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(EDITORIAL from Korea Times on Jan. 19)

All News 07:06 January 19, 2017

Delay of THAAD deal
: Lotte's hesitation to sign cannot be justified

The Ministry of National Defense is facing a delay in its plan to deploy a U.S. Terminal High Altitude Area Defense (THAAD) anti-missile system as Lotte Group is balking at approving a land exchange deal. Lotte was supposed to hold a board meeting by mid-January to approve the deal under which the military offers land in Namyangju in exchange for a golf course in Seongju, owned by Lotte, where the THHAD battery will be located. But the fifth-largest conglomerate has yet to convene the meeting.

It's not difficult to understand why the retail giant is hesitant though. Given that China strongly objects to the golf course being used as the THAAD site out of concern that its powerful radar could spy on Chinese territory, Lotte may well fear Beijing's retaliation.

Lotte has already been the target of what are believed to be China's reprisal measures. Some 150 stores, factories and storage facilities of Lotte affiliates in China have come under tax audits and fire and sanitation inspections. Its duty-free operations in Korea are hitting a snag because Chinese tourists account for nearly 70 percent of the sales in Lotte duty-free shops. The group is also building a huge complex of retail outlets and amusement parks in the southwestern Chinese city of Chengdu.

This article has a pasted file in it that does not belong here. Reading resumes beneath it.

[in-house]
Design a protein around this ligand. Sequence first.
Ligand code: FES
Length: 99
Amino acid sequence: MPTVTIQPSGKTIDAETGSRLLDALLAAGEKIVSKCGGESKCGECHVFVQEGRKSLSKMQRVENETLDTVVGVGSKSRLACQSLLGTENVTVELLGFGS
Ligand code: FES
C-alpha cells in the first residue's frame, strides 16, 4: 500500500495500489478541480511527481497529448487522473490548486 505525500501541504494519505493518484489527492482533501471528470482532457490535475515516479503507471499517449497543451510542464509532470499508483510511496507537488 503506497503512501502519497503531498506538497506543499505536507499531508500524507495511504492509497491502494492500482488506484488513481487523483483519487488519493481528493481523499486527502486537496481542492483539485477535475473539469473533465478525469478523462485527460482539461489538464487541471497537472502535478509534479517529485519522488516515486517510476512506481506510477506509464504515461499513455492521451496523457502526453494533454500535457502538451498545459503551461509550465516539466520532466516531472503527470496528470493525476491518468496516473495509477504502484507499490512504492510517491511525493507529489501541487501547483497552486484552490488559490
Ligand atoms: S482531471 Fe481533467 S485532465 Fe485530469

Lotte says it needs more time to assess if the land deal is worth it. But there are suspicions that Lotte may be delaying its approval, expecting the birth of a liberal government skeptical about the THAAD deployment at a time when an early presidential election is almost certain.

One can understand partisan conflicts over the controversial missile defense system, but it is quite serious that a private business wavers over a national security issue. Lotte should be reminded that it may be risking the national interest in a blind pursuit of corporate interest. No matter how difficult its situation ― torn between the governments of Korea and China ― is, few will support it.

All this mess has been caused by Beijing's unreasonable pressure on Seoul to reverse its THAAD decision. But there is no question that deploying the advanced missile shield is designed to protect our people as well as U.S. forces against North Korea's growing nuclear and missile threats.

To ease its dilemma, Lotte could expect to capitalize on the current political chaos following the impeachment of President Park Geun-hye. But it's all but impossible to roll back the THAAD deployment now, since it has been decided on. More than anything else, we cannot leave a precedent of yielding to China's pressure. Lotte must hurry to convene its board meeting and sign the land swap contract.
(END)

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